In the rest frame of the particle, ${\displaystyle dx_{i}dx^{i}=0}$ and ${\displaystyle ds^{2}=-dt^{2}}$. We can define the proper time by

${\displaystyle d\tau ^{2}\equiv -ds^{2}.\,\!}$

So we could also use ${\displaystyle d\tau }$ as an invariant interval. It will only differ from ${\displaystyle ds}$ by a minus sign.

#### Lorentz transformation as a matrix operation

With our new formalism, we can write the Lorentz transformation as a matrix acting on a vector. The Lorentz transformation will be denoted by the 2-index object ${\displaystyle \Lambda _{\,\,\,\,\nu }^{\mu }}$. The transformed four-vector is given by

${\displaystyle (x^{\prime })^{\mu }=\Lambda _{\,\,\,\,\nu }^{\mu }x^{\nu }.\,\!}$

This is just matrix multiplication where

${\displaystyle x^{\mu }=\left({\begin{array}{c}t\\x\\y\\z\end{array}}\right)\,\!}$

and, for example,

${\displaystyle \Lambda _{\,\,\,\,\nu }^{\mu }=\left({\begin{array}{cccc}\gamma &-v\gamma &0&0\\-v\gamma &\gamma &0&0\\0&0&1&0\\0&0&0&1\end{array}}\right).\,\!}$

for a boost along the ${\displaystyle x}$-axis. Rotations can be implemented by using the lower-right ${\displaystyle 3\times 3}$ block as a rotation matrix for a 3-dimensional vector.

The covariant transformation is given by

${\displaystyle x_{\mu }^{\prime }=\Lambda _{\mu }^{\,\,\,\,\nu }x_{\nu },\,\!}$

where ${\displaystyle \Lambda _{\mu }^{\,\,\,\,\nu }=\eta _{\mu \sigma }\Lambda _{\,\,\,\,\kappa }^{\sigma }\eta ^{\kappa \nu }}$. We can also write the Minkowski metric as a matrix, i.e.,

${\displaystyle \eta ^{\mu \nu }=\eta _{\mu \nu }=\left({\begin{array}{cccc}-1&0&0&0\\0&1&0&0\\0&0&1&0\\0&0&0&1\end{array}}\right).\,\!}$

So, when in doubt, all of these tensor manipulations can be done by simple matrix multiplication. Just make sure you’ve got the right matrix representation and that you’re multiplying the matrices in the right order.

You can either check explicitly or infer from the Lorentz invariance of ${\displaystyle x^{\mu }x_{\mu }}$ that

${\displaystyle \Lambda _{\,\,\,\,\nu }^{\mu }\Lambda _{\mu }^{\,\,\,\,\sigma }=\delta _{\nu }^{\sigma },\,\!}$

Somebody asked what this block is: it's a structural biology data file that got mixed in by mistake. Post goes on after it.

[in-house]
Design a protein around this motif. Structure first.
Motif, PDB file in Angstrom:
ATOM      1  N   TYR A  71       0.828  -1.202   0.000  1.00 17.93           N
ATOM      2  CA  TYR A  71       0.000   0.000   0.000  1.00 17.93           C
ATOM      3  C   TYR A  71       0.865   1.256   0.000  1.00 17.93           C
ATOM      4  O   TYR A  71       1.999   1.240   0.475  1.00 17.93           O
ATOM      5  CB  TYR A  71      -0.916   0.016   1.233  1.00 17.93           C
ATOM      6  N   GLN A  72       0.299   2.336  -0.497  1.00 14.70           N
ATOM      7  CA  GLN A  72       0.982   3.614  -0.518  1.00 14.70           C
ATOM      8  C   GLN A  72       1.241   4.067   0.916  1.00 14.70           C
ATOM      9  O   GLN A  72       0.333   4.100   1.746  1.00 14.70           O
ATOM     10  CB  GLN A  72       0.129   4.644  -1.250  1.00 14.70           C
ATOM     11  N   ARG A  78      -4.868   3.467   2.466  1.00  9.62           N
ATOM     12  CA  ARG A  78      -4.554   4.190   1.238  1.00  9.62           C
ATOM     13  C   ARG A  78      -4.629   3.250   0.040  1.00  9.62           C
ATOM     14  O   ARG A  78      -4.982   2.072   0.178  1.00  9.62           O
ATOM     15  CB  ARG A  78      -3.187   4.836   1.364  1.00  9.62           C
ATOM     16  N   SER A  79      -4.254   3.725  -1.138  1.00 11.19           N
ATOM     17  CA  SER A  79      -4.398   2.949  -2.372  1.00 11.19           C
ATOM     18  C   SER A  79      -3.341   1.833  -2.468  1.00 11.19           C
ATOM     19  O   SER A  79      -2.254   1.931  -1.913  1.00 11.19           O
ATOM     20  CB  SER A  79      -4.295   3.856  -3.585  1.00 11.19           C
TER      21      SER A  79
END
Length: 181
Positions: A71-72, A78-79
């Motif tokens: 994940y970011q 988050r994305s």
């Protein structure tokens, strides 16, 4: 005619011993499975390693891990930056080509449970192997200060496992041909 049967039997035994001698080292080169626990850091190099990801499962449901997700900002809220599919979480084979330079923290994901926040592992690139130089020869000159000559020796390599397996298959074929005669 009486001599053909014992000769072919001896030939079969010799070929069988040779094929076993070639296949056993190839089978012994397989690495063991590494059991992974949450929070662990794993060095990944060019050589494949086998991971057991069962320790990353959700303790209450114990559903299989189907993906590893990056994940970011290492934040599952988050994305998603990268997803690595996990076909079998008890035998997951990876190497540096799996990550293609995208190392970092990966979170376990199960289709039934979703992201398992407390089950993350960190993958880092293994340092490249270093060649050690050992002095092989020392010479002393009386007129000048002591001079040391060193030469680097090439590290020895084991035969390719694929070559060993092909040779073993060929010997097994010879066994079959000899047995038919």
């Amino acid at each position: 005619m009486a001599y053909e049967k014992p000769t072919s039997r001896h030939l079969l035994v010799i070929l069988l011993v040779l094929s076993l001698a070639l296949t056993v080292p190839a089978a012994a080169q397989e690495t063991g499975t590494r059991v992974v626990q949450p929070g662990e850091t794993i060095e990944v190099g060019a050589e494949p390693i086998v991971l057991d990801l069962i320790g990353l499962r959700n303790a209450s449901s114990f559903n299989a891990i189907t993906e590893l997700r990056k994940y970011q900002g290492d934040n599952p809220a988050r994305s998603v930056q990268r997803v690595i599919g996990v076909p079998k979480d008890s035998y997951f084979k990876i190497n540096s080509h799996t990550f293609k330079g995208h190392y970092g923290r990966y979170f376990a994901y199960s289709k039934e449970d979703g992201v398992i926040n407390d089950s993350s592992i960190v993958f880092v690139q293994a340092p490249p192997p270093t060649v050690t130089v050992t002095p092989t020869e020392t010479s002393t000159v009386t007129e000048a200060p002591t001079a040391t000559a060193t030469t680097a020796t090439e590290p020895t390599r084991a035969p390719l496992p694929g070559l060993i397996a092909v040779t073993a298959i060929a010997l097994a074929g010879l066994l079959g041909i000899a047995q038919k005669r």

where ${\displaystyle \delta _{\nu }^{\sigma }}$ is called the Kronecker delta. It is basically the identity matrix in that

${\displaystyle x^{\mu }=\delta _{\nu }^{\mu }x^{\nu }.\,\!}$

Raising and lowering indices on the Kronecker delta has no real significance. The order of the indices also doesn’t matter.

#### Four-velocity

We define the four-velocity as

${\displaystyle U^{\mu }\equiv {\frac {dx^{\mu }}{d\tau }}.\,\!}$

Since ${\displaystyle d\tau }$ and ${\displaystyle dx^{\mu }dx_{\mu }}$ are Lorentz scalars, the four-velocity is also a four-vector, i.e., ${\displaystyle U^{\mu }U_{\mu }}$ is Lorentz invariant. The ${\displaystyle 0^{\mathrm {th} }}$ component of ${\displaystyle U^{\mu }}$ does not have an intuitive interpretation. The spatial components of ${\displaystyle U^{\mu }}$ are not quite the same as the real velocity which would be ${\displaystyle dx^{i}/dt}$. Only in the non-relativistic limit, when ${\displaystyle d\tau \simeq dt}$, do the spatial components of ${\displaystyle U^{\mu }}$ begin to approximate the real velocity.

Using ${\displaystyle d\tau =dt/\gamma (v)}$, where ${\displaystyle v}$ is the real velocity of the particle, we can express the four-velocity as

${\displaystyle U^{\mu }=\gamma (v)(1,\mathbf {v} ),\,\!}$

where ${\displaystyle \mathbf {v} }$ is the 3-dimensional real velocity vector. In particular, ${\displaystyle U^{\mu }=(1,0,0,0)}$ in the particle’s rest frame which means that

${\displaystyle U^{\mu }U_{\mu }=-1.\,\!}$

#### Four-acceleration

The four-acceleration is defined as

${\displaystyle a^{\mu }\equiv {\frac {U^{\mu }}{d\tau }}.\,\!}$

By the same arguments given in the section on four-velocity, ${\displaystyle a^{\mu }}$ is also a four-vector. Again, the spatial components approximate the real acceleration, ${\displaystyle d^{2}x^{i}/dt^{2}}$, only in the non-relativistic limit.

Interstingly, the four-acceleration is always orthogonal to the four-velocity, i.e., ${\displaystyle a^{\mu }U_{\mu }={\frac {dU^{\mu }}{d\tau }}U_{\mu }={\frac {1}{2}}{\frac {d}{d\tau }}(U^{\mu }U_{\mu })={\frac {1}{2}}{\frac {d(-1)}{d\tau }}=0}$.

## Energy and momentum

We will have to define what we mean by energy and momentum in special relativity. We will try to choose definitions that reduce to the well-known Newtonian expressions in the non-relativistic limit.

### Four-momentum

We define the four-momentum as

${\displaystyle p^{\mu }\equiv mU^{\mu },\,\!}$